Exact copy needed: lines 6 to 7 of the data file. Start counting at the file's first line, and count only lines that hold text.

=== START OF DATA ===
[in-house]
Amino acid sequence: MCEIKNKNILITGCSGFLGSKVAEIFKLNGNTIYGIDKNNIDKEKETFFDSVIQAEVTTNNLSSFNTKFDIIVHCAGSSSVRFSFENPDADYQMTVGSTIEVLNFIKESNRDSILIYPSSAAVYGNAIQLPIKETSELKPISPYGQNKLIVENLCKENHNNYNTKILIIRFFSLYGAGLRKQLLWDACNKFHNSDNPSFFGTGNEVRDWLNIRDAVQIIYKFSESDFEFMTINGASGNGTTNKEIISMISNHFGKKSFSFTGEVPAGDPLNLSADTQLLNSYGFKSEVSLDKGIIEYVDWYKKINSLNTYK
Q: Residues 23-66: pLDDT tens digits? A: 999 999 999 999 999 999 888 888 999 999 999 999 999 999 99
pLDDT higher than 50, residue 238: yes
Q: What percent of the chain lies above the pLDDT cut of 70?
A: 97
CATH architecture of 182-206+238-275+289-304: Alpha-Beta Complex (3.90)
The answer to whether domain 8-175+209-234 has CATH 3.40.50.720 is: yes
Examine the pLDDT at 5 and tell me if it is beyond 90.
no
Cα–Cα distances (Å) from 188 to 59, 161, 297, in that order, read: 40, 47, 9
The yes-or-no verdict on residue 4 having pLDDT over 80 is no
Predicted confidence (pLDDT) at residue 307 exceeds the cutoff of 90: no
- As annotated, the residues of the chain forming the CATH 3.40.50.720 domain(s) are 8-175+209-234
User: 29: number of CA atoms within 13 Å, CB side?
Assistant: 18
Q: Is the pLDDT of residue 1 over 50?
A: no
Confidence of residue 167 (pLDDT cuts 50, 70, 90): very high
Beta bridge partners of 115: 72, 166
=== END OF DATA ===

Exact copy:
A: 97
CATH architecture of 182-206+238-275+289-304: Alpha-Beta Complex (3.90)